by Jincy IypeJun 09, 2021
The journey of a visual artist often dapples between the dualities of scale and scope, meaning and medium, concept and construction, and ideology and impact. In the journey of balancing these simple but rather pressing terminologies, the end goal is what leaves the beholders in an absolute state of introspection. This engulfing experience, the contemporary art exhibition, thus plays a crucial role in adding visual punctuations to the everyday mundane. Hemali Bhuta’s recent showcase at the Singapore Biennale titled ‘Natasha’ is truly an encapsulating experience as she spans the journey of ‘everyday objects’ – from its creation to its decay. She integrates the final disintegration over time!
As you enter Bhuta’s curated white cube, you may find some familiar objects mysteriously lying on the floor. In retrospect, she gives a contemporary twist to the very common idea of a ‘flooring’ titled Fold. To me, it almost feels like a mummification of an object. Bhuta repurposed an early 2012 artwork into parquet flooring. Hemali comments, “Fold speaks of acts of folding, storing, stacking, preserving, and ultimately, caring. I am indeed a witness to the ever-evolving nature of the work, the material over time and in places and spaces it has been. I learnt in the process to not resist but rather embrace this transformation, this transmutation, this transition.”
While the Fold left deeper meanings on the impermanence of an object, this very idea also seeded to the showstopper of Bhuta’s collection titled My pulse is beating and my veins throbbing and in wonder, my song bursts forth. The title is a line borrowed from a song Akash bhora surjo tara by Rabindranath Tagore in Ritwik Ghatak’s film Komal Gandhar. The artwork explores the notions of time and decay. The work plays with scale and scope in dimensionality as it is placed at a right angle, partly vertical and partly horizontal, lying on the floor. Here the gesture of wax throwing using patli patra or metal plates used by construction workers, witnessed in Jharkhand, India at the lac extraction facility, has been repeated. Consequently, there is a carpet studded with soft and solid blobs of wax with hues ranging from white and beige to purple, adding to the geology of the work. “I wanted a default dropping of stuff on the floor that has come to seem like a pile of debris. This was meant to be without much intervention by us and a more natural process of the fall of the heavy material”, Hemali adds. The work conveys a sense of fragility layered beneath the political and the mystic.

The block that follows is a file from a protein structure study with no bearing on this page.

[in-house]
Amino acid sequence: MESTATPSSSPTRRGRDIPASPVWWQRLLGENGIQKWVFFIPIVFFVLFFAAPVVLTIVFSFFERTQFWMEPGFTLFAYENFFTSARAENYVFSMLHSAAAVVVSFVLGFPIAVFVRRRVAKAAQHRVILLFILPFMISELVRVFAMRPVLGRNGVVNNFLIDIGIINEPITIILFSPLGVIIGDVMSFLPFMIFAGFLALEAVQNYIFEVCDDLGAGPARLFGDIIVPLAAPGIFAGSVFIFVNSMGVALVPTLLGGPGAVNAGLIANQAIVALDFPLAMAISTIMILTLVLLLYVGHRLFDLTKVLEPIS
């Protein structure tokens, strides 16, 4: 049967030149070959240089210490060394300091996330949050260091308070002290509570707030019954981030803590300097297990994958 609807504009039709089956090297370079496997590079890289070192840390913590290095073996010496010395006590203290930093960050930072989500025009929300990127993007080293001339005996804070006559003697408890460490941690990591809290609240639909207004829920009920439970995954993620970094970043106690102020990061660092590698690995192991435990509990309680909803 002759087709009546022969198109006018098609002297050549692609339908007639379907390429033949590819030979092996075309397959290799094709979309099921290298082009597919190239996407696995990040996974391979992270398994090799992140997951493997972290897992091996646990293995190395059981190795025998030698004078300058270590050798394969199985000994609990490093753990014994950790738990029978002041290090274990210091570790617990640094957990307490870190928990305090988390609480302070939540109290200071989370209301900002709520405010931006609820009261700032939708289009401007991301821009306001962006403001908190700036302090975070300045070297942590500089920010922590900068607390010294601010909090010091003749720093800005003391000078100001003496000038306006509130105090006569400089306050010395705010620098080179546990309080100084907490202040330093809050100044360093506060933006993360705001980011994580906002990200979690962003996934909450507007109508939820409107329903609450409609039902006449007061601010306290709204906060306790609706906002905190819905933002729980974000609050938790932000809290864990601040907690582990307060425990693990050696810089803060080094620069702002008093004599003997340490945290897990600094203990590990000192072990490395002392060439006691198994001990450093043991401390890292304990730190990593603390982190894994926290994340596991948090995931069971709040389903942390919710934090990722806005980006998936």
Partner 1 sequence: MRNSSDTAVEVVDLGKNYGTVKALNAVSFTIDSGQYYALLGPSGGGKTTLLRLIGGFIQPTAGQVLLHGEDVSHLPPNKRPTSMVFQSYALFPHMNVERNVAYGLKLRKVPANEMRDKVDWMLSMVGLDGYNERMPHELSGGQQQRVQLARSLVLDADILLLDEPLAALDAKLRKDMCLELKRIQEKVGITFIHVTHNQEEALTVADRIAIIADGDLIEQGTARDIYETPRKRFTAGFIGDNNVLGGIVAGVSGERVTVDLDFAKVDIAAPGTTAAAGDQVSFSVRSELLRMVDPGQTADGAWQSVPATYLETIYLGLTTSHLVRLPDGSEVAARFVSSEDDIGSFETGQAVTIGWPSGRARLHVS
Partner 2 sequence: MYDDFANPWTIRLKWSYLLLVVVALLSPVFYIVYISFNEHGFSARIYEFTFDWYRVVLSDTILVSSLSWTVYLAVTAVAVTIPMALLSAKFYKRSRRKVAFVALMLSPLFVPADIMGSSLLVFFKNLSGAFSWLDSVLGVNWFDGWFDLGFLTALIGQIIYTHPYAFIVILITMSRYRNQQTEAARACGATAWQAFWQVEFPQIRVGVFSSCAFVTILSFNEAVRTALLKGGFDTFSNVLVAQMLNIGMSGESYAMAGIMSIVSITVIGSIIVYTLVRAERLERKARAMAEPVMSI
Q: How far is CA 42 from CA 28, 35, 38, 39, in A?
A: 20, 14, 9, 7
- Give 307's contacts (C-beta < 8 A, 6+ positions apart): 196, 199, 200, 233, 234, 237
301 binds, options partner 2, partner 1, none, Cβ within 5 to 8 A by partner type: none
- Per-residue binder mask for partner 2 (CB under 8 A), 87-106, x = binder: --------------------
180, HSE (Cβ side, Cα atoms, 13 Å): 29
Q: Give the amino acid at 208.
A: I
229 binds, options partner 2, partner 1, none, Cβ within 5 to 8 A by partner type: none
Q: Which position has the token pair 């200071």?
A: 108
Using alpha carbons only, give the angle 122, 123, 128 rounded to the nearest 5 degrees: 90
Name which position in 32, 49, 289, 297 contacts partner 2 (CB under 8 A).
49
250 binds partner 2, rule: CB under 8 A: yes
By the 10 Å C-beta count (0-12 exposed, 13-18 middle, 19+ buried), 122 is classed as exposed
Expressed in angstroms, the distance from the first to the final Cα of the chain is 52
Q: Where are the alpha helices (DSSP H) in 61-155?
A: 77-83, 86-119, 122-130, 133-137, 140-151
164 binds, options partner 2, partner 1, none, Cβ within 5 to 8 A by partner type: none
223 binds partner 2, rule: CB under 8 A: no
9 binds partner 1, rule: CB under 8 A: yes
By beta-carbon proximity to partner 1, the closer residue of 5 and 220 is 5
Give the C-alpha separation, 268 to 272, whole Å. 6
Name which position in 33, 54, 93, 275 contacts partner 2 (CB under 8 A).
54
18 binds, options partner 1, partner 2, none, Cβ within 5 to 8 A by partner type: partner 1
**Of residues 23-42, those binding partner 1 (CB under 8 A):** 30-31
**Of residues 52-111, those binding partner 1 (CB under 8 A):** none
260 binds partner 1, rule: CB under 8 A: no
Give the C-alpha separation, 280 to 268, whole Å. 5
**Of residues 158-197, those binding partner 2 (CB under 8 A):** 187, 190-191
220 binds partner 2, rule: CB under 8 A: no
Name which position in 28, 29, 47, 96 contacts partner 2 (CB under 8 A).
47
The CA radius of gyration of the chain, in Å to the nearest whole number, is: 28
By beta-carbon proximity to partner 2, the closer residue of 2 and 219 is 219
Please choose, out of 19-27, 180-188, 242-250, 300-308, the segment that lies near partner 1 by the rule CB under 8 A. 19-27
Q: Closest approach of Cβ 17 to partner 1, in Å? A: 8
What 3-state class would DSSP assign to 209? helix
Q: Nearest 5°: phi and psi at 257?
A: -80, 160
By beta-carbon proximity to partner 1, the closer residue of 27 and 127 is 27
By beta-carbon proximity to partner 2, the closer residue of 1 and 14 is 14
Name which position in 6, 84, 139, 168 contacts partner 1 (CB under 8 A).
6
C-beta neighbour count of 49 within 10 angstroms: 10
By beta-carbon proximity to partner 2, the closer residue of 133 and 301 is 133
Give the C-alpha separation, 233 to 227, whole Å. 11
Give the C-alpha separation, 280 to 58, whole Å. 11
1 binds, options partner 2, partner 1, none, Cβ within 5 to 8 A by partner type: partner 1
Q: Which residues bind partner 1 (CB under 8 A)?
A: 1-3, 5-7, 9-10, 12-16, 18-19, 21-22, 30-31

Hemali introduces so much hidden meaning through simple gestures, such as sloughing debris or just a common household object, like a bar of soap. A set of grey soap bars are stacked on the floor, perhaps waiting to be used and lathered into nothingness. However, this creation takes Hemali down memory lane. The Indian Artist narrates, “It began with my teaching and a class that I took at Rachana Sansad in Bombay. I was doing greyscale with the students and it was as easy as the struggle of getting this grey scale incorrectly correct or correctly incorrect. I made the piece but what excites me most is what happened to the piece afterwards, and how the ghost of the piece came back in parts, got deconstructed, scrapped, sliced and then made into tiles; made into small bars just before we left Mumbai to shift to Goa. These bars were distributed in the neighbourhood and amongst collaborators to use. So more than the creation of the work, what excites me here is the travel of the work. Not the work but the many works, aftermaths, iterations that came out of it.”
The last element of Hemali’s intriguing showcase in Singapore includes a sculptural installation on the idea of maquettes. Hemali starts off by saying, “The concept of a ‘maquette’ itself doesn’t fit into my vocabulary; I prefer to work on scales that are manageable, rather than a large commission which would require the use of a maquette. I prefer the intimacy and deliberate precision of smaller works, to be mindful of the materials and how much is being used.” But her art introduces a rather new take on this idea.
Typically, maquettes are made before the production of the actual work, often made with less durable material. Bhuta’s maquettes are made after the creation of her larger works and utilise more precious materials, such as gold, demonstrating how she engages with and challenges the traditional relationship between sculptures and their maquettes. It has been presented as an afterthought or an afterlife documenting the former glory of the original artwork. Hemali adds, “At the Singapore Biennial, I have brought these maquettes in close proximity with their former selves. As Nida Ghouse, one of the curators of the Biennial puts it - The processes of transmutation are inevitably invisible to viewers, but nonetheless seem to suggest that the works of art, and the matter they contain belong to a continuum”.
The installation artist signs off leaving a very interesting message, “No message at the same time everything is a message - a sign, a pathway, a verse, an ode. Embrace it and see the magic!” Her magic truly lies in her exploration of introducing an intangible quality like time into a recalcitrant present sculptural entity.